PM Mateusz Morawiecki on Monday wrote to EU leaders, institutions and member state governments claiming that “unfortunately, today we are dealing with a very dangerous phenomenon whereby various European Union institutions usurp powers they do not have under the Treaties and impose their will on Member States”.
We ought to be anxious about the gradual transformation of the Union into an entity that would cease to be an alliance of free, equal and sovereign states, and instead become a single, centrally managed organism, run by institutions deprived of democratic control by the citizens of European countries.
The Polish PM also listed several major challenges that the EU faces, including Brexit, a financial crisis “that threatens to weaken or even collapse the euro area”, and the gas and energy crisis which “threatens poverty for millions”.
“The fate of our Union in recent years is not a chronicle of success. If we want to avoid further crises, we must change our ways,” Morawiecki warned.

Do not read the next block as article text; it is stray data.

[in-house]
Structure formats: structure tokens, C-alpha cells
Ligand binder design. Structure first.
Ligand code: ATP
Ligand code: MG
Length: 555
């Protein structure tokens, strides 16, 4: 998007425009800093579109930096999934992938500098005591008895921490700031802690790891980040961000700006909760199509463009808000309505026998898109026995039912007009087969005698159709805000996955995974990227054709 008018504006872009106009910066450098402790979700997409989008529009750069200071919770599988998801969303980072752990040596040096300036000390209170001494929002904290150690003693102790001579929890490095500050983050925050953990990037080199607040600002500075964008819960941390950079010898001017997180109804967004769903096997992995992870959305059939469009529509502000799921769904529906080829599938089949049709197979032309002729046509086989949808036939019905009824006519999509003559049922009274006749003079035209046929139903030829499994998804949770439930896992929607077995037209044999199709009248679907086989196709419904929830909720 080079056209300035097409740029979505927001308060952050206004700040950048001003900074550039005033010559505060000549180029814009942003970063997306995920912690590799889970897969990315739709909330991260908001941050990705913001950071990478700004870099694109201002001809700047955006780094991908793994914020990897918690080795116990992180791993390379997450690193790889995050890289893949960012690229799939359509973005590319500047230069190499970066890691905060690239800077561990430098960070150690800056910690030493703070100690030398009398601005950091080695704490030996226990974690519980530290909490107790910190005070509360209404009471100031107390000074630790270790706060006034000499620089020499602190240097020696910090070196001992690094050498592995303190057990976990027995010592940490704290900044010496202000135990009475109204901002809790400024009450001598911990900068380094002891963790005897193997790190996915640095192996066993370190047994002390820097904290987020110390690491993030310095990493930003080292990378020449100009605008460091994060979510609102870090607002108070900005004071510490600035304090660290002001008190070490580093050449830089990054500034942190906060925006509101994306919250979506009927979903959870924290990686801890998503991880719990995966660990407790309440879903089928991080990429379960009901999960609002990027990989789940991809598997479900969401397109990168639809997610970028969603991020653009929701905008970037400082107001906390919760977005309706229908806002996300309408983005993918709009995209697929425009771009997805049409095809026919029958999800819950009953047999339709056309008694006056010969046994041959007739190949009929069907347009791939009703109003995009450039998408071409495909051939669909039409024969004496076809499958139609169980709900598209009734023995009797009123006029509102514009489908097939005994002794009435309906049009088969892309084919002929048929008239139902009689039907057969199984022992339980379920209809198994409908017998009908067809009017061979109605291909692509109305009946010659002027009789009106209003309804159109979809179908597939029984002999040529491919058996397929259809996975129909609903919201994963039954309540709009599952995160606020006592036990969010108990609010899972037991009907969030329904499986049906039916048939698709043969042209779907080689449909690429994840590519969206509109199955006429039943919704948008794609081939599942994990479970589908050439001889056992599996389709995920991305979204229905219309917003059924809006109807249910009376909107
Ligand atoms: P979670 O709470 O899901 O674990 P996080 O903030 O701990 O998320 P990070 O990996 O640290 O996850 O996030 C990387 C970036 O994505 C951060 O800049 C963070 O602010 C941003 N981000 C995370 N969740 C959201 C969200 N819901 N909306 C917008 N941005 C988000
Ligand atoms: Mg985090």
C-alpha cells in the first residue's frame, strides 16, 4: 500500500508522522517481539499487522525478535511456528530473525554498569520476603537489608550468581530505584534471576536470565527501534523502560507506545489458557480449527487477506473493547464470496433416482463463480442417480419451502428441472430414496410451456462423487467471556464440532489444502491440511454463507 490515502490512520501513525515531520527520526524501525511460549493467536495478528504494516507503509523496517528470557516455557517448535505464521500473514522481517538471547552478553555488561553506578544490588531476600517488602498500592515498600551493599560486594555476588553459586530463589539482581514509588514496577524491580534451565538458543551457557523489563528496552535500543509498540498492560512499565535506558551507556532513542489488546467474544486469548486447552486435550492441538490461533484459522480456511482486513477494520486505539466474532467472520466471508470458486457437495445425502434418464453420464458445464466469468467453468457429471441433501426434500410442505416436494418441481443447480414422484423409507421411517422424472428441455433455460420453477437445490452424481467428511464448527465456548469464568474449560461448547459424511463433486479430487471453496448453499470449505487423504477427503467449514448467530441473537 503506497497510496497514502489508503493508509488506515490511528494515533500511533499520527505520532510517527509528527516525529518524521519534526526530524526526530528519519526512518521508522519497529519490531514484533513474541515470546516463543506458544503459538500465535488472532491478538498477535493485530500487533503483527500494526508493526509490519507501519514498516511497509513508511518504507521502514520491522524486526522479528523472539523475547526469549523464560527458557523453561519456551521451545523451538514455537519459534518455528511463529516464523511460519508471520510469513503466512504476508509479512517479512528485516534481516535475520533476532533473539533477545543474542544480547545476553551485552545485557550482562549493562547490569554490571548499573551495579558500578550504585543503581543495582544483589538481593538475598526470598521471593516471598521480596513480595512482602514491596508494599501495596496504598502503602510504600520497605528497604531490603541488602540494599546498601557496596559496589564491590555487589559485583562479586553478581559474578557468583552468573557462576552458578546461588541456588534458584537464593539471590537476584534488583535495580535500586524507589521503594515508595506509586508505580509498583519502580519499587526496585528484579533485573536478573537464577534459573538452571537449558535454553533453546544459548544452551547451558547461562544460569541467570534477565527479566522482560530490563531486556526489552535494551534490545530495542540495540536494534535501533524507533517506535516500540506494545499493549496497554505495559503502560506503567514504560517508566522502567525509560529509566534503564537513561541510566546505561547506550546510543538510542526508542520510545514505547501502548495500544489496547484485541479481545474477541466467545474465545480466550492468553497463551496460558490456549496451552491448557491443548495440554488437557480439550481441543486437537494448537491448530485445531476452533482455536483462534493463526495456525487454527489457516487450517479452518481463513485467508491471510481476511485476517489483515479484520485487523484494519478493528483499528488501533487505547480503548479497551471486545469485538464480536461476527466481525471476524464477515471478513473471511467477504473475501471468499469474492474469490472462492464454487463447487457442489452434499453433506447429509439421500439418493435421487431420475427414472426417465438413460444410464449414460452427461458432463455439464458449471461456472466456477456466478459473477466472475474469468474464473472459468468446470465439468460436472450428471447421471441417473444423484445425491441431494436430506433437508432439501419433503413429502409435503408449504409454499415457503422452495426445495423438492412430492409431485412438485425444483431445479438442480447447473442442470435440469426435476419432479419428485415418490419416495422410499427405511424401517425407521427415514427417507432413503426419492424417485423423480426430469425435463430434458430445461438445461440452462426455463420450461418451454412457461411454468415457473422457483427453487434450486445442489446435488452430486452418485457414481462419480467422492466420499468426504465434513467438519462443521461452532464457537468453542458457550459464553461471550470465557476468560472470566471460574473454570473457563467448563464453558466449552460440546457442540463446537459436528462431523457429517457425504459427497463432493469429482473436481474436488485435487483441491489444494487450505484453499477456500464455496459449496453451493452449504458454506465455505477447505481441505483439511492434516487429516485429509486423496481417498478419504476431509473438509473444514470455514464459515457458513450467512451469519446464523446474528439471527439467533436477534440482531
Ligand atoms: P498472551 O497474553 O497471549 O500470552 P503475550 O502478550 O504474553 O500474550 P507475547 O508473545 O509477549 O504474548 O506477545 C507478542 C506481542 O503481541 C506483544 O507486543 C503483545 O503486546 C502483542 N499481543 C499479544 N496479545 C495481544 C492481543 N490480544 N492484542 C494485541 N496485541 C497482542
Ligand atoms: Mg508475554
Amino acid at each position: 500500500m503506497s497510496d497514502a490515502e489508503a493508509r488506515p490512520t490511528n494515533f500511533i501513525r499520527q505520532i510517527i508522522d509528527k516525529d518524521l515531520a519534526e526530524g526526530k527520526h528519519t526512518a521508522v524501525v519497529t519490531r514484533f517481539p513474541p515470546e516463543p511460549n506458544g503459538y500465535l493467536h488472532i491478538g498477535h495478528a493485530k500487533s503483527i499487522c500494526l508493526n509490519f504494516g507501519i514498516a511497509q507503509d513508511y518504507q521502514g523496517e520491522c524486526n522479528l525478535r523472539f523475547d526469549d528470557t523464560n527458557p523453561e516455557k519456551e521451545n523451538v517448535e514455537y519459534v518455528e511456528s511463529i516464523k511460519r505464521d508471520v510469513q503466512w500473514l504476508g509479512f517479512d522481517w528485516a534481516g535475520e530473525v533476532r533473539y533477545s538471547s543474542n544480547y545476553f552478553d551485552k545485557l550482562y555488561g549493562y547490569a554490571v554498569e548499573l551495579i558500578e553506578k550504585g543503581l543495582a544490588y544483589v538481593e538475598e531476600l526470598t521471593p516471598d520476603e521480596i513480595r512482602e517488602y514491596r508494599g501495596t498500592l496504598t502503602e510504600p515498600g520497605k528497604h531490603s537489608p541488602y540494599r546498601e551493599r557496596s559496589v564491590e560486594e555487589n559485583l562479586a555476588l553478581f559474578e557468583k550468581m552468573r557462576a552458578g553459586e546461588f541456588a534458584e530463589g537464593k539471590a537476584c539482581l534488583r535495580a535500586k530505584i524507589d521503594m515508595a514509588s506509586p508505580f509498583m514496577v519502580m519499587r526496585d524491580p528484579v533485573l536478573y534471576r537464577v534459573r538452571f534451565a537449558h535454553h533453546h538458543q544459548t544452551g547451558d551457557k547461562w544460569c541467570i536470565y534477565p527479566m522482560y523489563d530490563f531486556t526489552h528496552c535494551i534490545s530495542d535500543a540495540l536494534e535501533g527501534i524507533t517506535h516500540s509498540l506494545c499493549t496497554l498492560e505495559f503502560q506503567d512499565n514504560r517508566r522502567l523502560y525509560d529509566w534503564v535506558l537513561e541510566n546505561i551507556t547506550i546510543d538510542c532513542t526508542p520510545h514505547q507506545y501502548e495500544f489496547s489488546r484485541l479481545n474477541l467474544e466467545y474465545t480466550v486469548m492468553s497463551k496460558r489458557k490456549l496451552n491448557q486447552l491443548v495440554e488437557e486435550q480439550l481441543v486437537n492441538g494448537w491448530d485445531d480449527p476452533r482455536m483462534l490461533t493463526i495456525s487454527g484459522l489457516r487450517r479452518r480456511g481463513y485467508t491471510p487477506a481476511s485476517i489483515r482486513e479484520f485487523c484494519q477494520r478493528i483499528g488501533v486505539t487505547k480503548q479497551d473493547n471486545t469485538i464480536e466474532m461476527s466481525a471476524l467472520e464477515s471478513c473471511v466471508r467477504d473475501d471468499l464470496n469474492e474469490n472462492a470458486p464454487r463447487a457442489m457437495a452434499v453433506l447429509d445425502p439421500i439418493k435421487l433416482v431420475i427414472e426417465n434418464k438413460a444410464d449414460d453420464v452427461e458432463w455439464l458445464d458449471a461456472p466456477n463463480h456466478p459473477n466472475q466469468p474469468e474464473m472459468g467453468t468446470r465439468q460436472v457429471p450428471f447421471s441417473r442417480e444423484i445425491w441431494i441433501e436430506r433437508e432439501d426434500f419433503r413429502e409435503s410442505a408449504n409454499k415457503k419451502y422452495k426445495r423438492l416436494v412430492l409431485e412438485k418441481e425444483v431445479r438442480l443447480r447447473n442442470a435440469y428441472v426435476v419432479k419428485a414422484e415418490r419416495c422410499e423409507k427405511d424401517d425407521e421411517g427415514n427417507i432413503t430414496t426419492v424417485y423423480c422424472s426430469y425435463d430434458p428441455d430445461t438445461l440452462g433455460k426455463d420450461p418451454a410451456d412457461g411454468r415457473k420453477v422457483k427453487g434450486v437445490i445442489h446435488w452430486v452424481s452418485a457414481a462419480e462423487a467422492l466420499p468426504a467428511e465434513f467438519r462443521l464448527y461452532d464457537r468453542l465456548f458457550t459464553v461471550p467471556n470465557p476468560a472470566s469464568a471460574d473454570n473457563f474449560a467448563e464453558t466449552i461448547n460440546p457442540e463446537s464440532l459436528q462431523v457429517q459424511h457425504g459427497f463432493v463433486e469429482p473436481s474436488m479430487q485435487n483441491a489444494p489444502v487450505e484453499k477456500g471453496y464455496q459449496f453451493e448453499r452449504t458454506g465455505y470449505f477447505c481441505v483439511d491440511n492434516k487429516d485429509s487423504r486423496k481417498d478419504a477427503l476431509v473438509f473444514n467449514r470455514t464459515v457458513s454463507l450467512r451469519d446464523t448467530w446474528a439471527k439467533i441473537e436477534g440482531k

The PM also offered his assurances that Poland “remains a loyal member” of the 27-nation bloc, and asked for Brussels to hear the country’s arguments and “be open to dialogue” in hopes of finding “a solution that will strengthen our European Union”.
Morawiecki’s letter comes after the Polish Constitutional Tribunal ruled earlier this month that areas of the EU treaties are incompatible with Warsaw’s laws, concluding the principle that its laws take precedence.
The landmark ruling found Poland has the right to check the constitutionality of EU legislation, as well as decisions made by its Court of Justice.
Last week Morawiecki lashed out with accusations that EU institutions impinge on the rights of its member nations, remarking that “democracy is being tested” and that “we are at a crossroads” in the bloc’s history.
European Commission President Ursula von der Leyen said that the executive body would use all of its powers to ensure the bloc’s law retains primacy in the wake of the Polish ruling.
The law supremacy spat is another point of contention between Brussels and Warsaw. The two have clashed over the bloc’s opposition to Poland’s self-declared LGBTQ-free zones, as well as its Court of Justice ordering the country to pay a €500,000 ($585,550) daily fine for failing to end lignite mining activities after legal action was launched by neighboring Czech Republic over the site’s impact on local residential water supplies.
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